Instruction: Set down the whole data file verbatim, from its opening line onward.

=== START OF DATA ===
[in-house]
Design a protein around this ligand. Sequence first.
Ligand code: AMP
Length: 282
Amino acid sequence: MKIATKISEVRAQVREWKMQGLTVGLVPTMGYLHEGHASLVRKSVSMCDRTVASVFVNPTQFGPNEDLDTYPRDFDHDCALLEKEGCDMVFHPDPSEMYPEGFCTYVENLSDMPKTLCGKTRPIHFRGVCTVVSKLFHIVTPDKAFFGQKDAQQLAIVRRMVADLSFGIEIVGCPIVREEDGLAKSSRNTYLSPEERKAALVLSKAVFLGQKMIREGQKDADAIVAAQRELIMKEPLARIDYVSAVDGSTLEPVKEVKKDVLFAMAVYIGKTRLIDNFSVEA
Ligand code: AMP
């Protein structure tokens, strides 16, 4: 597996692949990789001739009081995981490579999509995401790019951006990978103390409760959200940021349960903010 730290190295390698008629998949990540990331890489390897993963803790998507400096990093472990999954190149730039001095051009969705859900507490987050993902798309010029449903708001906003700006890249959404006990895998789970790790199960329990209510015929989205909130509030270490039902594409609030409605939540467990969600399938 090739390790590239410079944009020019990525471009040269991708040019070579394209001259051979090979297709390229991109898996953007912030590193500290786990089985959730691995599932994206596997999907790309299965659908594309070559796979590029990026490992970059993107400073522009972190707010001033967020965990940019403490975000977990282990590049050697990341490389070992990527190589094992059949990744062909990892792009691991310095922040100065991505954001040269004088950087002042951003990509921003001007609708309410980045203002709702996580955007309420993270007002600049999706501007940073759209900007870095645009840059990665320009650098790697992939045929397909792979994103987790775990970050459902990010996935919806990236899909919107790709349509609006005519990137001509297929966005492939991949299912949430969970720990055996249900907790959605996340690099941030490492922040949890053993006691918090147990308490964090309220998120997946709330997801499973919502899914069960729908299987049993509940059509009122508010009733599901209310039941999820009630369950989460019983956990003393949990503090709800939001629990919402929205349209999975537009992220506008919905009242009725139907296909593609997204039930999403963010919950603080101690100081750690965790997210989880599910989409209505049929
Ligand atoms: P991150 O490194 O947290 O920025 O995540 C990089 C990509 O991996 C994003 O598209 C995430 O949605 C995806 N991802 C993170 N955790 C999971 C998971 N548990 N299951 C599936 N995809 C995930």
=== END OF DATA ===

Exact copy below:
[in-house]
Design a protein around this ligand. Sequence first.
Ligand code: AMP
Length: 282
Amino acid sequence: MKIATKISEVRAQVREWKMQGLTVGLVPTMGYLHEGHASLVRKSVSMCDRTVASVFVNPTQFGPNEDLDTYPRDFDHDCALLEKEGCDMVFHPDPSEMYPEGFCTYVENLSDMPKTLCGKTRPIHFRGVCTVVSKLFHIVTPDKAFFGQKDAQQLAIVRRMVADLSFGIEIVGCPIVREEDGLAKSSRNTYLSPEERKAALVLSKAVFLGQKMIREGQKDADAIVAAQRELIMKEPLARIDYVSAVDGSTLEPVKEVKKDVLFAMAVYIGKTRLIDNFSVEA
Ligand code: AMP
């Protein structure tokens, strides 16, 4: 597996692949990789001739009081995981490579999509995401790019951006990978103390409760959200940021349960903010 730290190295390698008629998949990540990331890489390897993963803790998507400096990093472990999954190149730039001095051009969705859900507490987050993902798309010029449903708001906003700006890249959404006990895998789970790790199960329990209510015929989205909130509030270490039902594409609030409605939540467990969600399938 090739390790590239410079944009020019990525471009040269991708040019070579394209001259051979090979297709390229991109898996953007912030590193500290786990089985959730691995599932994206596997999907790309299965659908594309070559796979590029990026490992970059993107400073522009972190707010001033967020965990940019403490975000977990282990590049050697990341490389070992990527190589094992059949990744062909990892792009691991310095922040100065991505954001040269004088950087002042951003990509921003001007609708309410980045203002709702996580955007309420993270007002600049999706501007940073759209900007870095645009840059990665320009650098790697992939045929397909792979994103987790775990970050459902990010996935919806990236899909919107790709349509609006005519990137001509297929966005492939991949299912949430969970720990055996249900907790959605996340690099941030490492922040949890053993006691918090147990308490964090309220998120997946709330997801499973919502899914069960729908299987049993509940059509009122508010009733599901209310039941999820009630369950989460019983956990003393949990503090709800939001629990919402929205349209999975537009992220506008919905009242009725139907296909593609997204039930999403963010919950603080101690100081750690965790997210989880599910989409209505049929
Ligand atoms: P991150 O490194 O947290 O920025 O995540 C990089 C990509 O991996 C994003 O598209 C995430 O949605 C995806 N991802 C993170 N955790 C999971 C998971 N548990 N299951 C599936 N995809 C995930």